Umm, shred does not simply override a file’s content with zeros. It overwrites with random data, and then optionally may overwrite with zeros in a final pass so that you look clean. This relies on overwrites with random data being performed in place and not being optimized away. Of course, that’s not necessarily true - a filesystem might take advantage of any overwrites to optimize block placement - but it’s true on many file systems. Similarly, the file system might squash all but the last block write, even if flushed or synced.
    – Krazy Glew
    Jul 16 at 3:30
  • Of course shred may not handle block remapping in flash, or even on regular discos as a result of errors or funky disco vendor optimizations. // ultimately, there must be primitives that cross all of the levels of abstraction to do safe erase. And at the moment that is easiest if completely erasing a hardware device.
    – Krazy Glew
    Jul 16 at 3:33
  • 7
    All BSDs, as well as Linux, have modern file systems, where "overwrite a file to actually overwrite the bytes on the storage medium" simply does not happen that's not true at all. The most common Linux filesystem nowadays is still ext4 which is journaled. Btrfs, ZFS and F2FS still didn't quite get mainstreamed
    – phuclv
    Jul 16 at 3:50
  • Fedora installations have defaulted to btrfs for quite a while, haven't seen an Android phone with an ext4 data partition in a while. But you're right, ext4 is not COW; and there was even a proposed safe delete patch (which essentially overwrites after delete) for ext4 that never made it into the kernel - because filesystem maintainers deemed it snake oil to have a journal and then claim you made deletion securer by overwriting the data extents. So in the case of ext4, it's clearly the journaling that drives shred ad absurdum, not COW. Jul 16 at 7:33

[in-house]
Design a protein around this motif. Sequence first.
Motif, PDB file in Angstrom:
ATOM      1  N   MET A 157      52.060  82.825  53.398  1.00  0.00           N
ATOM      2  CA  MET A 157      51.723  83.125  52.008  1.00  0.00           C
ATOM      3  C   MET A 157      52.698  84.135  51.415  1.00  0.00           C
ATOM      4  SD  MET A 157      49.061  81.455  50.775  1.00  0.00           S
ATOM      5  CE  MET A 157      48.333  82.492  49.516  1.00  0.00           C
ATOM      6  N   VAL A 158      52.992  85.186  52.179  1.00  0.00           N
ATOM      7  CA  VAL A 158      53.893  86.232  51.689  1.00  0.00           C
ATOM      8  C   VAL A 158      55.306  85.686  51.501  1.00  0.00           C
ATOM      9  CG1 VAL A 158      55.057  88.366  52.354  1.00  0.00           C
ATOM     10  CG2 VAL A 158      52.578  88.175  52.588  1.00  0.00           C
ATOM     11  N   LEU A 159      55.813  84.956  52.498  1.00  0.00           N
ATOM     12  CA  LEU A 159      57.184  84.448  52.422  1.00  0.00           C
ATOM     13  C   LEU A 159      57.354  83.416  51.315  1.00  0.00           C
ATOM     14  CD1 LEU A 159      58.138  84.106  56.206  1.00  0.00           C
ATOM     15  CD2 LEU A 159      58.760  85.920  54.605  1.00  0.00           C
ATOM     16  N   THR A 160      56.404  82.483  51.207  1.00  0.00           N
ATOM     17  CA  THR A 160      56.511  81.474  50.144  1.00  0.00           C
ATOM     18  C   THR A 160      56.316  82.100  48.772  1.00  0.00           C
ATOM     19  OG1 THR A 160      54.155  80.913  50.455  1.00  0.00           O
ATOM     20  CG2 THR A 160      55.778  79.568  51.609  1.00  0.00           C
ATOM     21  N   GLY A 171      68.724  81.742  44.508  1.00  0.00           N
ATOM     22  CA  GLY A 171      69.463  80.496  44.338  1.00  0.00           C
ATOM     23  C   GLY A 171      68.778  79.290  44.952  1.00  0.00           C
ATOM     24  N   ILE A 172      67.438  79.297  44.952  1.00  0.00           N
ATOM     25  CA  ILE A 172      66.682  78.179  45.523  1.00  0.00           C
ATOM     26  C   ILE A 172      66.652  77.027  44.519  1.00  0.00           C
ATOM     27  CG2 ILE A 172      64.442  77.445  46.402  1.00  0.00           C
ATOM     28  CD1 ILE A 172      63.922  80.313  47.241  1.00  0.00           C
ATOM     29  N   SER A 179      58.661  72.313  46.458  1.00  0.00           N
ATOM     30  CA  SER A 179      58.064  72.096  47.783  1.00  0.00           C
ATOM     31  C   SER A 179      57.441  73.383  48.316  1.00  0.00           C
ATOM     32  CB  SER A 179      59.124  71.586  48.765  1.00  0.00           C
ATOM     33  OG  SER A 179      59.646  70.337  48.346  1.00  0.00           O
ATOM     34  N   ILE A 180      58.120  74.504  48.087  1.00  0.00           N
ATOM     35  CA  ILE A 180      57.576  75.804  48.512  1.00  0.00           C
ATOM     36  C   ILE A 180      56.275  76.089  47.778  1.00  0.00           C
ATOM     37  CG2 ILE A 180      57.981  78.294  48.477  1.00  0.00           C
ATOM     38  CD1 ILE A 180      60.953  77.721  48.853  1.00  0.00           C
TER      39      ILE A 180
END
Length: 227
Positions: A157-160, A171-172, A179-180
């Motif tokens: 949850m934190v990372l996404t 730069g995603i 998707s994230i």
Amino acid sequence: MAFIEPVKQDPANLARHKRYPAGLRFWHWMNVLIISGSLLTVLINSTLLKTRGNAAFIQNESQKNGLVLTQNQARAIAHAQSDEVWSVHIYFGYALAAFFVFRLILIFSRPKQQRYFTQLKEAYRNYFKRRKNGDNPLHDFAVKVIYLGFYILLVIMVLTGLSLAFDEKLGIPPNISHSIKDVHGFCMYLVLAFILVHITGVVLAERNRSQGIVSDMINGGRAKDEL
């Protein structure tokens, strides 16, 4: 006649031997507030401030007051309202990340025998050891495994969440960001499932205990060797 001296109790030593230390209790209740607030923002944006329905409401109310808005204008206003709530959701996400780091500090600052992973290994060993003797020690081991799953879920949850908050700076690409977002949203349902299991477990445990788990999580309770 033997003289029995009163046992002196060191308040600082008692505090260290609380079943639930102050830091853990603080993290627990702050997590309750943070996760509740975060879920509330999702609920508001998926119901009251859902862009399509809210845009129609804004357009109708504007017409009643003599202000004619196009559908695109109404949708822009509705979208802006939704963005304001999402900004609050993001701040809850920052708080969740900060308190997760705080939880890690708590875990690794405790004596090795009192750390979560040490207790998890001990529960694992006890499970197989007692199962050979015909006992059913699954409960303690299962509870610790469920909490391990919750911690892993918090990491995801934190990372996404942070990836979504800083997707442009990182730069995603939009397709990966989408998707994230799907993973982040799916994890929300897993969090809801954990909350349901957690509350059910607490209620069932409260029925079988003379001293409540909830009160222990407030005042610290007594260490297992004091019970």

• 1
    Ext4 is not a copy-in-write system, only a journaling file system, so that the changes made to a file appear in a log, which might be rolled back; that's not as bad as having a copy, because journals get purged regularly automatically. However, multiple rounds of overwrite are useless. On apfs, yes, that's copy-on-write and you never overwrite the original data when you change a file. No, you don't have to zero your whole drive, you could also use the TRIM operation to tell the drive to discard the data from unused blocks, if an ssd. Jul 18 at 7:13
6

You can install the GNU coreutils with brew install coreutils in macOS (using Homebrew), pkg install coreutils in FreeBSD, or pkg_add coreutils in OpenBSD and then run gshred, which will behave exactly like shred in Linux.

3

rm itself has the -P flag.

OS X man page documents it as:

-P   Overwrite regular files before deleting them.  Files are
     overwritten three times, first with the byte pattern 0xff,
     then 0x00, and then 0xff again, before they are deleted.

OpenBSD man page:

-P    Attempt to overwrite regular writable files before deleting them. Files 
      are overwritten once with a random pattern. Files with multiple links will 
      be unlinked but not overwritten.`

On FreeBSD however it does nothing, but the flag was kept for compatability.

The BUGS section of the OpenBSD man page warns about its limitations: http://man.openbsd.org/rm#BUGS

The -P option assumes that both the underlying file system and storage medium write in place. This is true for the FFS and MS-DOS file systems and magnetic hard disks, but not true for most flash storage.

These also applies to shred.

2
  • This is very good to know. Macos man page states this: This flag has no effect. It is kept only for backwards compatibility with 4.4BSD-Lite2. Jul 18 at 6:41
  • Ah, macOS must have bought the rm inline with freebsd's.
    – carbin
    Jul 18 at 10:02

Your Answer

By clicking “Post Your Answer”, you agree to our terms of service, privacy policy and cookie policy

Not the answer you're looking for? Browse other questions tagged or ask your own question.